Carrots need deep soil. But you can find short-rooted varieties that do well in containers.

With proper care and daily sunlight, they will thrive throughout the year.

Carrots grow best in chilly weather.

Sow the seeds thinly because they will take off.

Place them a sunny spot. If you are growing during the winter, give them artificial light.

Do not water them unless it is a dry season.

After 7 days, you should see sprouting.

Carrots need regular watering and moist soil. Lack of moisture can rot the roots.

Your containers should have holes for drainage.

Avoid bruising the foliage as the smell may attract the root-ruining pest, carrot fly.

Collard Greens

Collard greens are an excellent alternative of spinach or other green leafy crops.

You can grow this biennial as an annual.

They grow well in containers as long as you place them in full sunlight during the day.

During the spring and fall months, give them at least six hours of direct sunlight.

During summer, move the containers from indoors to slightly shaded areas during the afternoon hours.

You can harvest collard greens after 75 days from transplanting.

Harvest the young and tender leaves. It will encourage the veggies to grow again.

You can harvest regularly until the first hard freeze starts.

You can grow collard greens every season. But in winter, you need the help of artificial sunlight.

Mustard greens

Unlike cold-hardy kale and chard, mustard greens love warmth.

These container-grown vegetables can grow without much attention in any climate.

You can choose any mustard varieties available that suit your needs.

Rhubarb

Rhubarb is a cold-hardy perennial grown in USDA Zones 3-8.

Only the red, pink or greenish pink stalks are edible.

You can harvest the stalks multiple times because rhubarb can grows for years.

You need a deep pot and well-draining soil for this veggie to grow well.

Beets

You can grow beets them indoors in any condition with a continuous harvest.

You can plant beets straight away in the container. There is no need for a transplant.

Beets prefer to grow undisturbed. Choose a right-sized container before you plant.

To boost germination, soak the seeds in warm water for a few hours before sowing.

Sow three seeds at a time about an inch deep in the soil.

Leave a space of four inches between the seeds.

After a few weeks, remove the weeds that emerge.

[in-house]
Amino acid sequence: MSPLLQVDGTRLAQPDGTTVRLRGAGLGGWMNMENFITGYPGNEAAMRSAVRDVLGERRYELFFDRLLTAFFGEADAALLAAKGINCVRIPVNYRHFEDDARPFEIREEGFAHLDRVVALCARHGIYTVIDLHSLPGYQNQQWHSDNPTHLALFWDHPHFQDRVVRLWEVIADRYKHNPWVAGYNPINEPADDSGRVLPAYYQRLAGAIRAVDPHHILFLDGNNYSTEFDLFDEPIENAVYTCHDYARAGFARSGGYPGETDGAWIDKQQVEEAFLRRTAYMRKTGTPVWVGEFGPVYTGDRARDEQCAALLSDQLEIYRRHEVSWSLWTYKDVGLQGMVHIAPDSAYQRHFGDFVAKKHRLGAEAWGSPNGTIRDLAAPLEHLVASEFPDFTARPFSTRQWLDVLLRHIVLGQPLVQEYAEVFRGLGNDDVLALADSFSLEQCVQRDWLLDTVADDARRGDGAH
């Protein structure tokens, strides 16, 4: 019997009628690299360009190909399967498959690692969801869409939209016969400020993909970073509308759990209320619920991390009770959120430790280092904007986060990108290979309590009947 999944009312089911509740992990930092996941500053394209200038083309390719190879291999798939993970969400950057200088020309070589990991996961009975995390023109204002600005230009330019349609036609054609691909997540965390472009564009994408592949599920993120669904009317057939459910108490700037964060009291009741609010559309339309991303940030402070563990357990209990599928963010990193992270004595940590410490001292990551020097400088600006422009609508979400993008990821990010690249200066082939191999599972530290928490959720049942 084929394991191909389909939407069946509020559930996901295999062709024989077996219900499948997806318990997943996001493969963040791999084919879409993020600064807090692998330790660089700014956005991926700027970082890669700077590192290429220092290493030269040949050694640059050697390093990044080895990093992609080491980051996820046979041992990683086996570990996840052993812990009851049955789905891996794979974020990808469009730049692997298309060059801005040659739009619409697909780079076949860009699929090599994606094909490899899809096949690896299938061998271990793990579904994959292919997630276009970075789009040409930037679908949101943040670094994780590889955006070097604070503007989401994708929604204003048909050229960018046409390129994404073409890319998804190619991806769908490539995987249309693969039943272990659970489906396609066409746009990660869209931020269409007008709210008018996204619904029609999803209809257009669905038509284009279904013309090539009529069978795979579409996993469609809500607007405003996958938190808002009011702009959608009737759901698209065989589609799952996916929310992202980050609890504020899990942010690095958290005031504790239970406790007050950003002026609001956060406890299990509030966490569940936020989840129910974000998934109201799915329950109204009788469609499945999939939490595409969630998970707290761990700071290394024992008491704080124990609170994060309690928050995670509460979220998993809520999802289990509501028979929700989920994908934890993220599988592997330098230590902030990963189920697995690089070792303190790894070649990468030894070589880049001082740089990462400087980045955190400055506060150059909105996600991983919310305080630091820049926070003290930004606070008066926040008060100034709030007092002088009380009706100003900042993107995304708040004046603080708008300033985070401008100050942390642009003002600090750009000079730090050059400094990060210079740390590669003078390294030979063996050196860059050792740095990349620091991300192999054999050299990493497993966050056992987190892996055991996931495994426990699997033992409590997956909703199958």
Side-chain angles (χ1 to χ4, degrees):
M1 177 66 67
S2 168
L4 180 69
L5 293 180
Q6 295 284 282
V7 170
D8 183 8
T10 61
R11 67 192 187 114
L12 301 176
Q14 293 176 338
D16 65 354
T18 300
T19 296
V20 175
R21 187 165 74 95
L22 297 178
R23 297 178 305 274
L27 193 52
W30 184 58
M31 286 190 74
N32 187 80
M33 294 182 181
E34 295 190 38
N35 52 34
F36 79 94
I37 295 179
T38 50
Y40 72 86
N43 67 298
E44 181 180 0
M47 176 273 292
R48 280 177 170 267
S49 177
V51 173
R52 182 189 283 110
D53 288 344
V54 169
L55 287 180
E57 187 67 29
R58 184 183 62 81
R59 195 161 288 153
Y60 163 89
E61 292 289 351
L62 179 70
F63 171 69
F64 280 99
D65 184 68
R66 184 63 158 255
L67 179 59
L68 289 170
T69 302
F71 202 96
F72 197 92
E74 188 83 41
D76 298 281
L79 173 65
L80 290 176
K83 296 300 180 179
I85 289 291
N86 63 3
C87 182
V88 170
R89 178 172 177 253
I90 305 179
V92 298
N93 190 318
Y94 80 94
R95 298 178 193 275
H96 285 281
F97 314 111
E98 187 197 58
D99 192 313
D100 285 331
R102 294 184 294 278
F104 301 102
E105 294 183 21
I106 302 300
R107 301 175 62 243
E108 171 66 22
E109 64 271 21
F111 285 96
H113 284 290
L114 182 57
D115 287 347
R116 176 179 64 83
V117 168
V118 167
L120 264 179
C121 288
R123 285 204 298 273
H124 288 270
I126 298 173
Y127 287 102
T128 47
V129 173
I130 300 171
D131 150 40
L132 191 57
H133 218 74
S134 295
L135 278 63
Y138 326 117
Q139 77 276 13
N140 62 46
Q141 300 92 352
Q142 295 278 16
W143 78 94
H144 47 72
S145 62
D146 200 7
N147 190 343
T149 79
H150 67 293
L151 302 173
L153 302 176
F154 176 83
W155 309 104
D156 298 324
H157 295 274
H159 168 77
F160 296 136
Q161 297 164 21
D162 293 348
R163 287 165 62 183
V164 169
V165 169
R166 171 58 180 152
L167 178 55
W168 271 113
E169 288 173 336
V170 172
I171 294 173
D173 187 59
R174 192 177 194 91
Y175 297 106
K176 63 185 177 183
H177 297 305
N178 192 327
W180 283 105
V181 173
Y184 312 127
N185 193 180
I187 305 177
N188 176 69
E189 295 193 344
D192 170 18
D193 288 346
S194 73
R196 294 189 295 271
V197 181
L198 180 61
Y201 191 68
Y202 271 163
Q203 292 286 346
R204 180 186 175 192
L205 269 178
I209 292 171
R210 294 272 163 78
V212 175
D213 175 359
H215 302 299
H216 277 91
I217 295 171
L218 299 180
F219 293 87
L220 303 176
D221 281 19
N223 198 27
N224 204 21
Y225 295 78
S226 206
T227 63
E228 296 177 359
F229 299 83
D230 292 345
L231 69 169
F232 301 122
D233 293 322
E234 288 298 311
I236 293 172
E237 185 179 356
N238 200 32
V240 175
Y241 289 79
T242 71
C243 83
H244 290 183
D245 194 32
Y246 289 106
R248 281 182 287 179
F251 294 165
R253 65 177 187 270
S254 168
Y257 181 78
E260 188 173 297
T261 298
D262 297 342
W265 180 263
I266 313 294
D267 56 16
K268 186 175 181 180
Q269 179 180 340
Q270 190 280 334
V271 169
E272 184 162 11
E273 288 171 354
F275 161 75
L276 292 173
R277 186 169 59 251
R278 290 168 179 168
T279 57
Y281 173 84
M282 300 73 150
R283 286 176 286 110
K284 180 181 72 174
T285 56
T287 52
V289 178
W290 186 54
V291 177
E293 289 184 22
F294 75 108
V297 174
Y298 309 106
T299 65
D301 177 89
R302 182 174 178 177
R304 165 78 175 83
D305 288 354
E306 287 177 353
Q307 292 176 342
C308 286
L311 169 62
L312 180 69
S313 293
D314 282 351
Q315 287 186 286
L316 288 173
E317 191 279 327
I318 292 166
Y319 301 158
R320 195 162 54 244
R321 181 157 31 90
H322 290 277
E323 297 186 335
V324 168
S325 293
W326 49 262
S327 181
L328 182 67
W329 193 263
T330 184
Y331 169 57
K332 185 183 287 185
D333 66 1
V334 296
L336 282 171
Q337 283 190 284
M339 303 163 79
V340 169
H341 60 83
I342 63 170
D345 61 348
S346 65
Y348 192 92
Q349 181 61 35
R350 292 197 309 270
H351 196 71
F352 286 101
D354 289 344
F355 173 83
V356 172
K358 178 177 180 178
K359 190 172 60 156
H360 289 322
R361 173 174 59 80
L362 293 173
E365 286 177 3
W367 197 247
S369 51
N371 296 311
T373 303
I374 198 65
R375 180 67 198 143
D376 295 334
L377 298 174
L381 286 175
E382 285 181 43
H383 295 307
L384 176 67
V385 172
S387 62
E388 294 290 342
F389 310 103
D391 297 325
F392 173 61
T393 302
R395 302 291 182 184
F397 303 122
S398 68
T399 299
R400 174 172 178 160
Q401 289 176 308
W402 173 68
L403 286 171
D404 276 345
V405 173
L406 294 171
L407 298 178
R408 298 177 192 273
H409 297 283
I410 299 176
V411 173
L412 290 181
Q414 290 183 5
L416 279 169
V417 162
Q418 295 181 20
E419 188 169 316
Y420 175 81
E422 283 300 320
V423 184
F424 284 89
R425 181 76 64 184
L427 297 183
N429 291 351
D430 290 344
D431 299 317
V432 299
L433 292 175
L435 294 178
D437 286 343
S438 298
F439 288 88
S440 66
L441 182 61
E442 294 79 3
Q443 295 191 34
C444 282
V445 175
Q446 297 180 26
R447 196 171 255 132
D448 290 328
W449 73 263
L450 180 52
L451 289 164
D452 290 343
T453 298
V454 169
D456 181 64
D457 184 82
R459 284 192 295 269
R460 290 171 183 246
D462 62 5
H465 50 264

Give your plants enough water during dry spells.

When the beets reach the size of golf balls, you can harvest them.

Turnips

You can grow root plants like turnips indoors and outdoors.

Find planters are at least eight inches deep to allow room for the roots to grow.

Make sure the bottom of the container has at least three or four holes for adequate drainage.

Add gravel to the bottom of the planter to improve drainage.

Over-watering will cause the plants to die.

Okra

Okra is a warm-season crop.

All it needs for bountiful fruiting is sun exposure and fertilizers.

Choose dwarf okra varieties that are suitable for containers.

Asparagus

Asparagus is a hardy plant. So, you don’t need to give a lot of care.

It grows well indoors. It is excellent for gardening enthusiasts who have no space outside.

Sit the planters out on the balcony for some sunlight every day.

Unlike root edibles, your container has to be large enough to accommodate the growth of the veggie.

It doesn’t matter if you use a shallow planter.

Eggplants

It’s easy to grow eggplants even they are prone to garden pests.

Also, it is easier to maintain them in containers than in garden soil.

Choose containers that are at least five inches deep. It prevents overcrowding as eggplants grow.

You can sow a couple of seeds in each pot, depending on the size of your planter.

Eggplants are heat-loving plants, so keep them in full sun.

They need high temperatures both day and night. That’s why clay pots are excellent for them because the containers can retain heat.

As they begin to grow, add a bean pole or something similar for support.

As a summer crop, you can grow eggplants all year round if you live in a warm climate.

During winter, you should keep them indoors.

Eggplants are heavy feeders so remember to apply lots of fertilizer.

Choose small eggplant varieties such as fairytale and Hansel.

They also serve as an ornamental, thanks to their gorgeous flowers and foliage.

Artichoke

Artichokes are low maintenance plants, making it perfect for edible container gardens.

Sow the seeds in the fall because they take a longer time to germinate.

By spring, they should be ready for harvest.

They can thrive with daily sunlight and light watering.

Bitter Melon

Bitter melon is a tropical climber like squashes, cucumbers, and melons.

But you can plant it as an annual in a temperate climate during summer.

A 12 inches deep pot with a sturdy trellis is all you need to get started.

Parsnips

You need deep containers for parsnips because they tend to get long.

Use a five-gallon bucket and drill holes in the bottom for drainage.

You can sow several seeds in each container.

Make sure the planter is wide enough to grow without crowding them.

After a couple of weeks, prepare to weed them out if you plant a lot in one container.

Cole Crops

When planting cole crops such as cauliflower, broccoli, and cabbage, avoid planting various types in one container.

It is better to use one container for each cole crop.

Choose a container that is at least eight inches deep and about eighteen inches wide for cole crops to thrive.

It must have holes at the bottom for adequate drainage.

Give your cole crops plenty of sunlight every day.

Garlic

Choose a pot that is at least 6 to 8 inches deep and as wide as possible.

Leave 5 to 6 inches of space between each clove you plant.

Onions

Onions don’t need deep soil, which is ideal for container vegetable gardening.

If you are planting green onions, give them adequate space.

Choose a planter that is at least five inches deep. It allows the onion to grow to full bulb size.

Sow about half an inch deep in the potting soil.

You can get several onions in a container. So, allow an inch or so between for growth.

Continue watering them in dry weather.

Harvest after about 8 weeks.

Fast Growing Vegetables In Pots

Asian Greens

Asian greens grow fast and don’t need a lot of sunlight.

You can grow Asian greens in part shade. They need at least 4 hours of the morning sun.

Keep the soil in the containers moist.

Add organic fertilizer to let them flourish.

Radishes

If you are a beginner in container gardens for vegetables, start with radishes.